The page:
Watergate Paper: The Course of the Watergate Investigation


Add to cart
Essay #: 057297
Total text length is 4,690 characters (approximately 3.2 pages).

Excerpts from the Paper

The beginning:
Watergate Paper: The Course of the Watergate Investigation
Wanda Albritten
University Of Phoenix
In the early morning hours of June 17, 1972, several men were arrested in the act of robbing the offices of the Democratic National Committee (DNC) on the sixth floor of the Watergate Hotel in Washington, D.C. A few days later it surfaced that the burglars, who were not only robbing but also bugging the DNC, had direct ties to E. Howard Hunt, a CIA agent who was one of President Nixon’s closest confidantes. Over two years later, after one of the most exhaustive investigations in American history, the U.S. Congress moved to impeach Nixon, thanks to incontrovertible proof that Nixon himself had been responsible for...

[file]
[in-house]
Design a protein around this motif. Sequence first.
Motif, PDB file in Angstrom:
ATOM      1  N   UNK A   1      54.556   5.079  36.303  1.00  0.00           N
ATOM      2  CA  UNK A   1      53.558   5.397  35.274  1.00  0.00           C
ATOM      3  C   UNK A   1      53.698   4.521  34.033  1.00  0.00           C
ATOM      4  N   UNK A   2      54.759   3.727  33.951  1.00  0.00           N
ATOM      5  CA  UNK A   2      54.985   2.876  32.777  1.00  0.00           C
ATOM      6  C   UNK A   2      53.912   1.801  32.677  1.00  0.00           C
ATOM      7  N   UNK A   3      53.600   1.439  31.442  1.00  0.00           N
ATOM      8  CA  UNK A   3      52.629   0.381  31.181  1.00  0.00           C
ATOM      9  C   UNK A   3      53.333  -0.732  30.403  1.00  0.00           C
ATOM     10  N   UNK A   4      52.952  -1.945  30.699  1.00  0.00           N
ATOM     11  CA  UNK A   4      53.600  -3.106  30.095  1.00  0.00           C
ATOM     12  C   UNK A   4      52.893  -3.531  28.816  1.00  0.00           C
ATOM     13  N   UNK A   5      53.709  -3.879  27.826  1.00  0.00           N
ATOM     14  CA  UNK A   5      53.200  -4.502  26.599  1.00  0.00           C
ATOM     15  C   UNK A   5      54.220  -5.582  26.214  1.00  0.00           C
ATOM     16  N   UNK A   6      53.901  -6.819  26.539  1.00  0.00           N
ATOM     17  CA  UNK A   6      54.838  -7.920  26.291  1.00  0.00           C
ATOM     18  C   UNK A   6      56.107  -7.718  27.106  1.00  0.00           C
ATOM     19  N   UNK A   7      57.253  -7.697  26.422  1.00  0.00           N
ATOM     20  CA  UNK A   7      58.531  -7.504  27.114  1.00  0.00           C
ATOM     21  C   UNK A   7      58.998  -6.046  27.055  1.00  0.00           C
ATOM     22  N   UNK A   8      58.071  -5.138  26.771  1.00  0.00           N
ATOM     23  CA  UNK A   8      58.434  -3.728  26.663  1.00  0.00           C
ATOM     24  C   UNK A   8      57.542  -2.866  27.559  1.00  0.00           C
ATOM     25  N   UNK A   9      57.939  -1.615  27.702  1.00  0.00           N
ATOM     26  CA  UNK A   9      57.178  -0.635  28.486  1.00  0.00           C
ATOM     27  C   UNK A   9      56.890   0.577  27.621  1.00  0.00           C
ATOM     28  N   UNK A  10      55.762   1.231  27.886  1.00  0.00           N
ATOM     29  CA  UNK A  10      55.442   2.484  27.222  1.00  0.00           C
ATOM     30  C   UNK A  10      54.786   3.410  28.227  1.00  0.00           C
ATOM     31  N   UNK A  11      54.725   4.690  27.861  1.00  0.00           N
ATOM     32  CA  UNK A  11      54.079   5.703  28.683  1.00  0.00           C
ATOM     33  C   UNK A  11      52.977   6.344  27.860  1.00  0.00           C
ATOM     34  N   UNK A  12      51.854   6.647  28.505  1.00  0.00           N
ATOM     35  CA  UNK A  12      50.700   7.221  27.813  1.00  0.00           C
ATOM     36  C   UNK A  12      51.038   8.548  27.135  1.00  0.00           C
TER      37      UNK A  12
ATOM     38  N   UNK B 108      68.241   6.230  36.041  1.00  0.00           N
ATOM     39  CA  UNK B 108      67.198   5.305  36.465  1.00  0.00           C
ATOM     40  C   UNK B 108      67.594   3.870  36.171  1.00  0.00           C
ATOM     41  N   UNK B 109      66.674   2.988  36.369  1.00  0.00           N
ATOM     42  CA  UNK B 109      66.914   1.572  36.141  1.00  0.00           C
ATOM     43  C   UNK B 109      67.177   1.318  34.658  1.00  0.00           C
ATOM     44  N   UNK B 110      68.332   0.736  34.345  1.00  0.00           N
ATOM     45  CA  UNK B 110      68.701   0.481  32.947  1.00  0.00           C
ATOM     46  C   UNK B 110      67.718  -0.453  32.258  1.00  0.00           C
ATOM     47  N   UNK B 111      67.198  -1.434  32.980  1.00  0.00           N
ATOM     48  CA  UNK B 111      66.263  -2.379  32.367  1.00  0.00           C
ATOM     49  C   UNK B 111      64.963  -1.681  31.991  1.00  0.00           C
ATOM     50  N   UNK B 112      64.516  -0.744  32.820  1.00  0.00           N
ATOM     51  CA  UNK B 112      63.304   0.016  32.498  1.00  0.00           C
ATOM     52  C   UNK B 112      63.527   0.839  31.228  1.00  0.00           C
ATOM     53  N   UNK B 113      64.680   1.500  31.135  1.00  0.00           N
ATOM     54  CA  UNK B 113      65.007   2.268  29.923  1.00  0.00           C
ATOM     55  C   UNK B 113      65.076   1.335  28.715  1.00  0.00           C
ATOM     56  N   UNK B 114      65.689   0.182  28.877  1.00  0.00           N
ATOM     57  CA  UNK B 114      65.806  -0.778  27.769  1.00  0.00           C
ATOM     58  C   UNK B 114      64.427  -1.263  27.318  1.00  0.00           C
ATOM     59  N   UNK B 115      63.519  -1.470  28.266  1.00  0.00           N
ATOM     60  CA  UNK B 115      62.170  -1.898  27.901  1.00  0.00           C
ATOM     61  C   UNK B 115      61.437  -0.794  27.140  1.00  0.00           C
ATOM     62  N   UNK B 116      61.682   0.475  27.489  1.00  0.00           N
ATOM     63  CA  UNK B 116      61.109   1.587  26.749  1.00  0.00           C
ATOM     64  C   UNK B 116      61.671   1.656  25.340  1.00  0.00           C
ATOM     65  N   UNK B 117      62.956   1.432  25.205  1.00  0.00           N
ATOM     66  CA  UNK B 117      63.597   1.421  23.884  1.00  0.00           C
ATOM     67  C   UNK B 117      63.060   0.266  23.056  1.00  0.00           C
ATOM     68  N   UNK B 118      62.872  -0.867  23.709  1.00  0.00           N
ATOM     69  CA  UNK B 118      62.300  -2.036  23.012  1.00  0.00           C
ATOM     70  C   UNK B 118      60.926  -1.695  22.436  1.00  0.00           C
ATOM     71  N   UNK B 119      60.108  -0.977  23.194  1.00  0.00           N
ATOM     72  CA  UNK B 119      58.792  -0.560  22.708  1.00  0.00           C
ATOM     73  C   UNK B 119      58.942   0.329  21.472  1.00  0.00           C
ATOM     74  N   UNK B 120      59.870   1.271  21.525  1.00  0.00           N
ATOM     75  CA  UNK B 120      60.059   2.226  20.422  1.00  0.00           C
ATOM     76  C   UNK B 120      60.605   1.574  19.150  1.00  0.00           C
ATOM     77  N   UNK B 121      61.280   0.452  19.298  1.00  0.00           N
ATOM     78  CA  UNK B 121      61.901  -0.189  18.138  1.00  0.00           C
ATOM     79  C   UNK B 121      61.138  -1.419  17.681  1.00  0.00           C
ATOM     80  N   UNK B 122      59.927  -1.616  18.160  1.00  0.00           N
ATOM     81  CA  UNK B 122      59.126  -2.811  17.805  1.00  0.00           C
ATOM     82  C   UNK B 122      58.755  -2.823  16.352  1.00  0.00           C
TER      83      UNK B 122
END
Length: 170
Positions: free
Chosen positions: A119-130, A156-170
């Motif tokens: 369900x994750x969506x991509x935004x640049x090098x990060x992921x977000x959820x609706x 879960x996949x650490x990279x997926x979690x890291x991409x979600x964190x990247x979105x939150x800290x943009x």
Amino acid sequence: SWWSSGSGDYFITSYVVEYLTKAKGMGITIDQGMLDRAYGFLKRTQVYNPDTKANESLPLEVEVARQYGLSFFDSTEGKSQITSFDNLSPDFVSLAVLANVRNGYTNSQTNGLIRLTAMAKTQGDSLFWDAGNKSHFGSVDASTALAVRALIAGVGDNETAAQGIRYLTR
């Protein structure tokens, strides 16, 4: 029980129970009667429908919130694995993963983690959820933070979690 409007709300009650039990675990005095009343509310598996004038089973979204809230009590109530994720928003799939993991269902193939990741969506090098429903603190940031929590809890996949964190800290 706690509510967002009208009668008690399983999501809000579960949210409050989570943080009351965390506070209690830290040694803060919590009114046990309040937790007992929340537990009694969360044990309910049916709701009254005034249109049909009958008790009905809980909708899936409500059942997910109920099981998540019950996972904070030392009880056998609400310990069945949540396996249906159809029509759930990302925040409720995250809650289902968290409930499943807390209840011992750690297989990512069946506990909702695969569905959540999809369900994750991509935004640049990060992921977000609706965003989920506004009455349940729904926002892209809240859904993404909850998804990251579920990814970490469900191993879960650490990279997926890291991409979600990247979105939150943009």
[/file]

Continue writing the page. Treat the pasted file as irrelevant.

The end:
.....ns held hostage longer in Iran so that Reagan would have an easier time defeating then-President Carter (on whose watch the Iran hostage crisis began), there was no political pressure to oust Reagan. Closer to our time, credible allegations of economic fraud under the Clinton administration and a raft of illegalities under the second President Bush (including the illegal re-alignment of the Department of Justice on partisan lines) have drawn not even a whiff of opposition in the Congress. One can hardly help but conclude that the imperial Presidency so long feared by Nixon’s opponents has come to be a reality, canceling out the legacy of Watergate altogether.
Brinkley, A. (2007). American history: a survey. New York: McGraw-Hill.